Buhari’s change agenda
By Japh Azubuine
In the build up to the 2015 general elections that saw to the defeat of the incumbent government of the Peoples Democratic Party (PDP) and the victory of the All Progressives Congress (APC), one word that electrified the atmosphere then was “Change”. The electorate was so enthralled with the concept of change just to see that the PDP government which was in power for sixteen years was shown the way out.
Many factors combined to dim the chances of the PDP in that election. Yes, PDP had tremendous support in 1998/1999 before and after the election of 1999 which brought it to power,but after some few years, PDP decided to squander that goodwill which the Nigerian populace gave it.
PDP embarked on a lot of controversial and negative policies that annoyed if not infuriated the people. Within the party itself, there was no internal democracy; its primary elections were a mere waste of time and deceit as people would spend their money and time only for a few powerful people to just hand-pick who would contest elections. Of course people endured this for a brief period before they “exploded” by decamping or working against the party.
Another reason why the PDP was shown the way out was because of unprecedented corruption. The type that would make people miss their breath. The corruption that was so manifest and entrenched; the type that was so brazen and daring. The type that really made people think that some of our leaders are heartless. Indeed, the type of corruption that encouraged one to steal in billions and do as if noting has happened. It was indeed exasperating.
Further reasons that saw to the jettisoning of the PDP was the poor handling of Boko Haram insurgency. Whether true or false, the claim then was that some people “raised” or “designed” the Boko Haram problem to undermine and remove the government of the day. But life is all about frictions and obstacles. If some people had deliberately planned to undermine you and bring down your government, your duty as a legitimately elected government was to thwart their plans and move on with your government. But the Jonathan government prevaricated initially on tackling the Boko Haram issue and that was why it was part of the issues that consumed that government.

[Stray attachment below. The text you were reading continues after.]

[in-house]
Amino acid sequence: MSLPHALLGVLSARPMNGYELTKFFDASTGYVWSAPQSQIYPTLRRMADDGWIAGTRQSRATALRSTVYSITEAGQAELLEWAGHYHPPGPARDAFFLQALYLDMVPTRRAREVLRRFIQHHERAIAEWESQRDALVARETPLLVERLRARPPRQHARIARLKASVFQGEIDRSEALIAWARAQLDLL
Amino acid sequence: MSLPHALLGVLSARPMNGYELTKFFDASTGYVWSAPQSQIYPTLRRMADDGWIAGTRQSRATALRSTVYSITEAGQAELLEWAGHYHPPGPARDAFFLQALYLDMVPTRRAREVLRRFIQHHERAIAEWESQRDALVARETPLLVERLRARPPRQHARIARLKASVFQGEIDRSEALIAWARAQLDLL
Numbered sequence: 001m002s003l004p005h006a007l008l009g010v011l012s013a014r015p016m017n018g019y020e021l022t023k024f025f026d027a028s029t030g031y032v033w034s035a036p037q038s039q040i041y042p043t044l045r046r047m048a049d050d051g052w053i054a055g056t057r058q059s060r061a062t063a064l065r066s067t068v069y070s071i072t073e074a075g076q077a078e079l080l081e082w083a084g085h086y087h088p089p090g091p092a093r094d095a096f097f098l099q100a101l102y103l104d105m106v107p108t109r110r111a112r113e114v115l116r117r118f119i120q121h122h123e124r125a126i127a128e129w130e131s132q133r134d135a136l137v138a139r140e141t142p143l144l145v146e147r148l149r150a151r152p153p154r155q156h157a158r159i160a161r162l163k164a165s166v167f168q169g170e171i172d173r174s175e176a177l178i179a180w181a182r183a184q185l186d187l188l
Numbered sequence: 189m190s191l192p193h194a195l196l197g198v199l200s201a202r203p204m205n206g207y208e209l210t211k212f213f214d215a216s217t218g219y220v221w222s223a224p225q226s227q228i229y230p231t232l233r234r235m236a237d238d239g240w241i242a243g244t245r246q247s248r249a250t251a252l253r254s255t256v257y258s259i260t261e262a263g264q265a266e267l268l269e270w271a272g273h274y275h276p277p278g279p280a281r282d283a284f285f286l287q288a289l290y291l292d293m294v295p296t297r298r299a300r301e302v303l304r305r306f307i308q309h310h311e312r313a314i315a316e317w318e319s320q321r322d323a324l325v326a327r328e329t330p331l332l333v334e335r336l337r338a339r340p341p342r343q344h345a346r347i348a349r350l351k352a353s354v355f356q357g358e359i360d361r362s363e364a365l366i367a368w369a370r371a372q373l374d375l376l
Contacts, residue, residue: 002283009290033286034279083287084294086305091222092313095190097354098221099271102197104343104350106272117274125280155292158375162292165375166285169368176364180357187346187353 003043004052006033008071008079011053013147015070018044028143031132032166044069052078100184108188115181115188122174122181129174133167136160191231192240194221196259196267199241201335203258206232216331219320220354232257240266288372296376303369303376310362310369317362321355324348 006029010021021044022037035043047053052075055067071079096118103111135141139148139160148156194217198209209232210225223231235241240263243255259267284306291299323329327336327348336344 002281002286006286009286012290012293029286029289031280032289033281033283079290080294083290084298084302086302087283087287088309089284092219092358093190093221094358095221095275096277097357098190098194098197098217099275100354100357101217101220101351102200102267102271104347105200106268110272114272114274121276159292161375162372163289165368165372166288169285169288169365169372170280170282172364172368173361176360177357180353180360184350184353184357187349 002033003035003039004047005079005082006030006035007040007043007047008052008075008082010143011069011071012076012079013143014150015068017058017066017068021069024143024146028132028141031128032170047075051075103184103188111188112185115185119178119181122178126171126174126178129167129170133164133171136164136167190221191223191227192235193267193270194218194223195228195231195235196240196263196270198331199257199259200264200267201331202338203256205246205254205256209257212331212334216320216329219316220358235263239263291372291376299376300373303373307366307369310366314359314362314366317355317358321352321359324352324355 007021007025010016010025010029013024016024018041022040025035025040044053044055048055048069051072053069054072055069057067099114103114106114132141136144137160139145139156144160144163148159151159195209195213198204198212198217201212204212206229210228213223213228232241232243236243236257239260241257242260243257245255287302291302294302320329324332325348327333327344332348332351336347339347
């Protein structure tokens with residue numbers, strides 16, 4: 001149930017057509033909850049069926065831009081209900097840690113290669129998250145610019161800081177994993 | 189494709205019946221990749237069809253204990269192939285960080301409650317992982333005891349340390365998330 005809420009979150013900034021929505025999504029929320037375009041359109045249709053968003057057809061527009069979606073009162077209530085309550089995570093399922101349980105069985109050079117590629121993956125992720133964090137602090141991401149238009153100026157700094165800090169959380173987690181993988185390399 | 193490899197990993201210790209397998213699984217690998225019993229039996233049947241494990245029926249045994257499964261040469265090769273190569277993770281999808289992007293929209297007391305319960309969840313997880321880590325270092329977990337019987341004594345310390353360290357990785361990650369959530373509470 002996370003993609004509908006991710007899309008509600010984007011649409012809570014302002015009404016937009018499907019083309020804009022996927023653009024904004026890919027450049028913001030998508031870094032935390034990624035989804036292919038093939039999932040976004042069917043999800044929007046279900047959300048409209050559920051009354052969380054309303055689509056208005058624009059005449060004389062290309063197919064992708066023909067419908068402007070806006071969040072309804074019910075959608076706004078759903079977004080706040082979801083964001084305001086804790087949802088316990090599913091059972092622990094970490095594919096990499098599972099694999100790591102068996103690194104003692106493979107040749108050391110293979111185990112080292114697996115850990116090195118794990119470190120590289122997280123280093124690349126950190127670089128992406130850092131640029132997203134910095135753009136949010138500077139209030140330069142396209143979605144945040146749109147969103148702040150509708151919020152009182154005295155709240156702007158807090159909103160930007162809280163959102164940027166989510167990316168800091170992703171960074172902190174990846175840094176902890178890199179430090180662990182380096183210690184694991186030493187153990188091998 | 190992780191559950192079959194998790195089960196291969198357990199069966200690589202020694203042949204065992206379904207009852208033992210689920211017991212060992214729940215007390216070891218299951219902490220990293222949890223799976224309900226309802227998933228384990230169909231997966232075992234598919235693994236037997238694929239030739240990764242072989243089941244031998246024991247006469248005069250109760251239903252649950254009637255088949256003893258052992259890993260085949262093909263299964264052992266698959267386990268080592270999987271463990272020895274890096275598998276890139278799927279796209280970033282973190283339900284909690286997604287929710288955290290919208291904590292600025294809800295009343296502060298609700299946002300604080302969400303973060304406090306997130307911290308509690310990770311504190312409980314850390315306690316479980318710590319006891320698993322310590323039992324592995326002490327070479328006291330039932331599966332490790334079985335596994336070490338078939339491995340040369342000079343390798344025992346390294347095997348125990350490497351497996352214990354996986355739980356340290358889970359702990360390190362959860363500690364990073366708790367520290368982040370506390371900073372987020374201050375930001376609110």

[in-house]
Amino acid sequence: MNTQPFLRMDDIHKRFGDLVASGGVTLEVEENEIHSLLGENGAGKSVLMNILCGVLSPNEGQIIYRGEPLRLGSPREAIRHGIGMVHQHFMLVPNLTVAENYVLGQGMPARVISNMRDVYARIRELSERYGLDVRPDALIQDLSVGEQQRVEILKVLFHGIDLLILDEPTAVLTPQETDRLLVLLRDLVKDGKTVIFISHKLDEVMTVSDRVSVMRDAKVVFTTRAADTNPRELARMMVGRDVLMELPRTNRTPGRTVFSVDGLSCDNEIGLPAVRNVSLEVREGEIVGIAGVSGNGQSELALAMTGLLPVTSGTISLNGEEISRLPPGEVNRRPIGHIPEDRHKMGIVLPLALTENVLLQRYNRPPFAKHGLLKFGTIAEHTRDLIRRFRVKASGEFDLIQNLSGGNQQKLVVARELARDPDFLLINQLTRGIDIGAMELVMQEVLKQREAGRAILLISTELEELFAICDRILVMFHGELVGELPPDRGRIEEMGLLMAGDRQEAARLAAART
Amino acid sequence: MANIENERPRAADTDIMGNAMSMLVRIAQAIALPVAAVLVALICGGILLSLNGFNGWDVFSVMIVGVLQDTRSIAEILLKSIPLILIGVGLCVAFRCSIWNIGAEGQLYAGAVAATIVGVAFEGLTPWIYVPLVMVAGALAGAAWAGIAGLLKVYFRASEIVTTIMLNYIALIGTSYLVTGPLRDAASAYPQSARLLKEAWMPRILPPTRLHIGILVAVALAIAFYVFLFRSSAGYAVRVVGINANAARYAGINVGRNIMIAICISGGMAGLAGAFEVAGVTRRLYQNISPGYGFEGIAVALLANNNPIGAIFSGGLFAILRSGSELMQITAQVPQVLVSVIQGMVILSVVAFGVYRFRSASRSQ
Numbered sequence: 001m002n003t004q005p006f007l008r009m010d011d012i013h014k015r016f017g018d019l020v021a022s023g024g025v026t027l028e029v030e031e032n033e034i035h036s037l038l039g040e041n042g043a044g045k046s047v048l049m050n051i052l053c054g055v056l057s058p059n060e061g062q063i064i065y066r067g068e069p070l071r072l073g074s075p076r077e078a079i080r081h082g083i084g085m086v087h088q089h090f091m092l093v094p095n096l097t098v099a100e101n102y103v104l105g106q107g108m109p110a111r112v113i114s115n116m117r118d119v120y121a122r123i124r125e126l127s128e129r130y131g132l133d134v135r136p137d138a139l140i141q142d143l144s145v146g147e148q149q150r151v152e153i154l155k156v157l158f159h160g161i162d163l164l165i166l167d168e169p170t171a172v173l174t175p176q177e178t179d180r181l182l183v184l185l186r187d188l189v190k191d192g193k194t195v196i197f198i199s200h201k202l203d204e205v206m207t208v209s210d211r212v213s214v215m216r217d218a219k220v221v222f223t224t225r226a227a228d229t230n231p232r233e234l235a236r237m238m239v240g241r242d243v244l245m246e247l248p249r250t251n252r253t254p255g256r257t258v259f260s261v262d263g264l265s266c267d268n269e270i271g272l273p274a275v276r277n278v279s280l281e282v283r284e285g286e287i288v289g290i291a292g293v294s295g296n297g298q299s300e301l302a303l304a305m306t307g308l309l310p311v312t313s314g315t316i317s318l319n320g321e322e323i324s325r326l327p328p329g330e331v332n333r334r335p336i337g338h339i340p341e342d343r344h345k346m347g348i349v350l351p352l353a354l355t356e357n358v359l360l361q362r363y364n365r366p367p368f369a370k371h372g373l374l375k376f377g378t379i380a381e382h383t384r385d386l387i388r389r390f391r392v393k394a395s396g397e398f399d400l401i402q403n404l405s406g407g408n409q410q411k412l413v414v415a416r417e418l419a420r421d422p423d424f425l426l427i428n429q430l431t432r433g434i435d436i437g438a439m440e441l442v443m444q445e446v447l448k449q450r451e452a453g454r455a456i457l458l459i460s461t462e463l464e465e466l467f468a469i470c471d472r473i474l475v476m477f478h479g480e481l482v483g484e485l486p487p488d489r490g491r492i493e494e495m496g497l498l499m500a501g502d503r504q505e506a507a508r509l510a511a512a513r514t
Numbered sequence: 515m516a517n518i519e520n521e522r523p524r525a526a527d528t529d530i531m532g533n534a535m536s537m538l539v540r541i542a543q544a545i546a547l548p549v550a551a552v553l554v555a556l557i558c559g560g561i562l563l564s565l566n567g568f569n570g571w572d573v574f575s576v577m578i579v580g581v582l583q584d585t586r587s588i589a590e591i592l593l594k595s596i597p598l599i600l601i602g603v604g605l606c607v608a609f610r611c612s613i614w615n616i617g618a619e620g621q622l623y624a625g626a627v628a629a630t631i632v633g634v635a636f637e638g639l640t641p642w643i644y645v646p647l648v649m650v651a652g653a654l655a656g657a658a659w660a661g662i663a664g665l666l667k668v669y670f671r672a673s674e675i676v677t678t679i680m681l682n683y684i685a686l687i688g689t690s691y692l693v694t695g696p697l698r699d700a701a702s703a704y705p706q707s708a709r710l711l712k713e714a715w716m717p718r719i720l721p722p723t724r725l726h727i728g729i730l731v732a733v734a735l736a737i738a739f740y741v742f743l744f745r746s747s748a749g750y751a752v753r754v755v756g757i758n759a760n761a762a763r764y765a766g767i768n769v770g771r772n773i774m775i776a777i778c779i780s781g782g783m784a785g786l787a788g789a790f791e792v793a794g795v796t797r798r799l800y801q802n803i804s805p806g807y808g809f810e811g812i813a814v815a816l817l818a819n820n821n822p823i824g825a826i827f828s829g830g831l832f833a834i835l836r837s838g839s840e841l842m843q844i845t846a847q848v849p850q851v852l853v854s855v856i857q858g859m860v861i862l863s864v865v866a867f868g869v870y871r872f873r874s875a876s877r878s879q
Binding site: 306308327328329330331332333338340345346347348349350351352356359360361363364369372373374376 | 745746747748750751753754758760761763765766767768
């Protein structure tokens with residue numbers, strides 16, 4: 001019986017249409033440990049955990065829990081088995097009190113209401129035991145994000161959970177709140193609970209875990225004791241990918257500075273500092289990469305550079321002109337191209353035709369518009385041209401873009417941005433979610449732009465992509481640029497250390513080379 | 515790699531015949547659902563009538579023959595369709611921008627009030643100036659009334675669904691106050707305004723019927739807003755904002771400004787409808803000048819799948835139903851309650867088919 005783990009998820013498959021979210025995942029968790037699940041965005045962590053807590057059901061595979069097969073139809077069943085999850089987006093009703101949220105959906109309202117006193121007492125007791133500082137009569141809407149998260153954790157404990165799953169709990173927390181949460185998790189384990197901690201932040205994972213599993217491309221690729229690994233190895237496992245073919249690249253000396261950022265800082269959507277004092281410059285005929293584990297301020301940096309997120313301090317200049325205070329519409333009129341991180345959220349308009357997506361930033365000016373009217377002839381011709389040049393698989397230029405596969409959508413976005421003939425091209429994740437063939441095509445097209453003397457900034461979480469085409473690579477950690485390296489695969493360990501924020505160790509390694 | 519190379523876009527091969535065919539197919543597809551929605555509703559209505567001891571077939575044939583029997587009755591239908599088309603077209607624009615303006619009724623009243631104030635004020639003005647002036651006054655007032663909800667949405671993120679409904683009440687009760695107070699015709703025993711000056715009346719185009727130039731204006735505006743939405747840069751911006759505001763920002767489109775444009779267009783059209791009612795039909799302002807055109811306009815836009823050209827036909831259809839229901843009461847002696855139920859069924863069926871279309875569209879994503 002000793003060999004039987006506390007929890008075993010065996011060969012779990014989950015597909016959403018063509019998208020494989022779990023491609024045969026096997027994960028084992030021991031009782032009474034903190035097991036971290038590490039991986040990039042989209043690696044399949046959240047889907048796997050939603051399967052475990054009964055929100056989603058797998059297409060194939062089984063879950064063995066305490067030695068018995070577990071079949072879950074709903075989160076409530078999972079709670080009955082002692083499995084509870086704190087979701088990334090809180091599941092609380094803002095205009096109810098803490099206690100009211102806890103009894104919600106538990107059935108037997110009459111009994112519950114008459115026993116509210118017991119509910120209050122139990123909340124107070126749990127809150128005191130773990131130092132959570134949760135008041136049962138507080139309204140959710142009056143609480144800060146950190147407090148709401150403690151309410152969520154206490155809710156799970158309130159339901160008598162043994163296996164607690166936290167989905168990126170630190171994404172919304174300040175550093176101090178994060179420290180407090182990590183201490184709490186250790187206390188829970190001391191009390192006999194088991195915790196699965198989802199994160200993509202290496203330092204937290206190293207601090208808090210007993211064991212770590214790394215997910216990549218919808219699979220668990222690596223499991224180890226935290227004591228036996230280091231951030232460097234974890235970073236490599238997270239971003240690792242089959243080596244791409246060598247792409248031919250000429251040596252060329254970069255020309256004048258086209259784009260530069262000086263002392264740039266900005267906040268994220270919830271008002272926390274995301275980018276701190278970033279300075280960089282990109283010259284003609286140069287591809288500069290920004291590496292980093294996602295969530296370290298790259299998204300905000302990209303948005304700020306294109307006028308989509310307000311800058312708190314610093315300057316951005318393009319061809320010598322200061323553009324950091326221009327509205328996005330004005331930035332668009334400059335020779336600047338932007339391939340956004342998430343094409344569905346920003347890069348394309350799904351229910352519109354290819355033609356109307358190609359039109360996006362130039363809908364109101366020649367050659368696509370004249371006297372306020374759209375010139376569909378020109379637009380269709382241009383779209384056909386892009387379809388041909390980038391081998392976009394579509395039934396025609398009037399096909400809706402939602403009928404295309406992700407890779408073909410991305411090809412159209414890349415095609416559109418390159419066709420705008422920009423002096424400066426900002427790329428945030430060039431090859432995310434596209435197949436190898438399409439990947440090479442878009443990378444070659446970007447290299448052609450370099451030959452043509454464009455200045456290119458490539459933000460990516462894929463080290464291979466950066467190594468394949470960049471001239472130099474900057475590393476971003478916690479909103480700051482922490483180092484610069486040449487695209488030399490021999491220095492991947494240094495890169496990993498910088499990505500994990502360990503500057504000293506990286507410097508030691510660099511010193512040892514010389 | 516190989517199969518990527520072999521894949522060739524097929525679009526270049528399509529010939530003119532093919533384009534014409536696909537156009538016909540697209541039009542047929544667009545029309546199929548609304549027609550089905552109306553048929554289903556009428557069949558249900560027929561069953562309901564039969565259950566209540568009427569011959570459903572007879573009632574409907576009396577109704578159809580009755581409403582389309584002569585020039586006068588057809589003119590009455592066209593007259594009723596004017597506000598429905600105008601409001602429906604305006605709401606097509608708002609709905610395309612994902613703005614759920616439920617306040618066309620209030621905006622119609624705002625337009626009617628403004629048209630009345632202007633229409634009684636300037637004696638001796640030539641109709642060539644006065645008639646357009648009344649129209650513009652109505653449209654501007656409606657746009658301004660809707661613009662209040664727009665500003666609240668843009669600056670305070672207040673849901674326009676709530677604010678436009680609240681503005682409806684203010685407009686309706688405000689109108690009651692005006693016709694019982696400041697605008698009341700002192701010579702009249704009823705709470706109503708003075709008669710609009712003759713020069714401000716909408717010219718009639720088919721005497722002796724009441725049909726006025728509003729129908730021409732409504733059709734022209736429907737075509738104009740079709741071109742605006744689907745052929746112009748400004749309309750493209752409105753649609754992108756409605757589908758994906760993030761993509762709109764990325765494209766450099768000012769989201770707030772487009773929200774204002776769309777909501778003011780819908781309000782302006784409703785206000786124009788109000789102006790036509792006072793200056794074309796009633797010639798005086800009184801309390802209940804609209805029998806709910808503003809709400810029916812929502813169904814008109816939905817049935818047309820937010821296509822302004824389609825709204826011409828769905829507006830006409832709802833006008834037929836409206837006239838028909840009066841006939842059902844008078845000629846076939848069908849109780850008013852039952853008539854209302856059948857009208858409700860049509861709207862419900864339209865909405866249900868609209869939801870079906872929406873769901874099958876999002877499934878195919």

Again, even when it started to fight the insurgency the amount of money being mentioned that were budgeted for fighting insurgency was enormous but as we later heard and saw, those monies were never used appropriately but rather became conduit pipes for corrupt government officials.
Yet again, the international community considered that Nigeria being the most populous black country in the whole world, allowing it to have political turmoil would spell doom.That was why they waded in and saw that the election was hitch free to allow for a smooth transition.
So people of Nigeria saw it as a relief when the leaders of some of the opposition parties championed by ANP, AC, CPC, and APGA decided to coalesce into a party to challenge the PPD in the 2015 general elections. More importantly or fortunately, they selected the then Gen. Muhammadu Buhari to be their presidential candidate.
In spite of some of the perceived minuses of the president like being accused of hard line posture and being a sectionalist, his positive attributes were glowing enough to subdue these minuses. He is a well-known anti-corruption crusader and a stickler to rules and regulations. These qualities therefore made Nigerians to clamor for him. The foreign leaders also, based on his past records as an anti-corruption crusader and principled man supported him and went all out to give him diplomatic edge. He therefore won convincingly and Nigeria skipped a crisis.
The question now is,has he lived up to his billing?
. What are the indices? What would have happened if he did not win? Obviously by my own assessment and from samples of critical opinion molders, the Buhari government has done well to earn a good mark, if all the variables and factors are considered.
For insecurity, he has won substantially, at least degrading Boko Haram to a point that displaced persons can go back to their communities. On anti-corruption war, he has fought the type of fight against corruption that no government ever in this country has succeeded in fighting. On the overall image of the country, he has won respect again for this country that nearly slided into a “Banana Republic”. On government affairs, I think he has done well following the constitution in most of his actions and delegating authorities when necessary.
It is true, there have been strident calls for re-structuring. This is the area he has to critically look into. Re-structuring for me does not mean separation but just to touch some areas of the composition of the country and we move on as one country. There are obvious areas of injustice in terms of the configuration of some of our national structure that should be touched for a more unified nationhood.
The number of states in the South East zone,for instance, which is five while some zones have seven is unfair. He did not create it, the military juntas did. But he has a golden opportunity to right these wrongs, maybe through a process of re-structuring so that he could be the Abraham Lincoln of Nigeria.
If he can handle the national question very well, indeed with what he has achieved so far, he would be remembered as that leader who desired to lead and make positive impacts and who succeeded.
Dr. Azubuine writes from Bayero University Kano